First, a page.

Objectives: Although intravenous (IV) magnesium (Mg) can decrease hospitalizations in children with severe acute asthma, its use is often limited to resistant disease, and disposition may be determined prior to its use. Since knowledge about practice patterns of IV Mg would enhance knowledge translation and guide future research, we surveyed pediatric emergency physicians with interest in clinical research to determine the frequency, indications, adverse events, and barriers to use of IV Mg in children with severe acute asthma.
Methods: A cross-sectional online survey of two national pediatric emergency physician associations in Canada and the United States was conducted using a modified Dillman technique.
Results: Response rates were 124 of 180 (69%) in Canada and 75 of 108 (69%) in the United States. Although 88% of participants report knowing that Mg is effective, only 14 of 199 (7%) give it to prevent hospitalizations and 142 of 199 (71%) give it to prevent admissions to the intensive care unit (ICU). Thirty-eight percent of respondents use Mg in < 5% of stable children with severe acute asthma, while 79% use it in 50% or more of the ICU candidates with concern about impending respiratory failure. Seventy-nine percent of the participants report that < 5% of their patients given Mg are discharged home from the ED. Twenty-four percent of respondents who administer Mg have encountered associated severe hypotension requiring therapy, and 2% have witnessed-related apnea. Factors affecting Mg use include concern about side effects expressed by 24% of physicians and a belief that IV therapy is not necessary, expressed by 31%.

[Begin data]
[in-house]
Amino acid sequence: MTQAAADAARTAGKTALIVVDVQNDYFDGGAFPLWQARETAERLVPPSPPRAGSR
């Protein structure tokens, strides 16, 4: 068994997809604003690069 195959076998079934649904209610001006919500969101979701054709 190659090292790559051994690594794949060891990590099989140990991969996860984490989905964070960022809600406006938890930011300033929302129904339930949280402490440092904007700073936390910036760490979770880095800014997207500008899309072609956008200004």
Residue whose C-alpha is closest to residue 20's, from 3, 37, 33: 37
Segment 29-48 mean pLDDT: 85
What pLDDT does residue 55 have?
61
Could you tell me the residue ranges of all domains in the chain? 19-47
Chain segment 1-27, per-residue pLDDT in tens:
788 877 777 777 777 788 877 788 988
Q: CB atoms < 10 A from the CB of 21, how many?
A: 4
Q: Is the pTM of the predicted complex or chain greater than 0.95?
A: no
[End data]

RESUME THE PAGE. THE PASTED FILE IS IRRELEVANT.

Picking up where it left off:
Conclusions: Intravenous Mg appears to be uncommonly used in stable children with severe acute asthma and does not frequently play a role in reducing hospitalizations. Further research to justify its enhanced use and to better establish its true adverse effect profile is indicated.
ACADEMIC EMERGENCY MEDICINE 2010; 17:1189–1196 © 2010 by the Society for Academic Emergency Medicine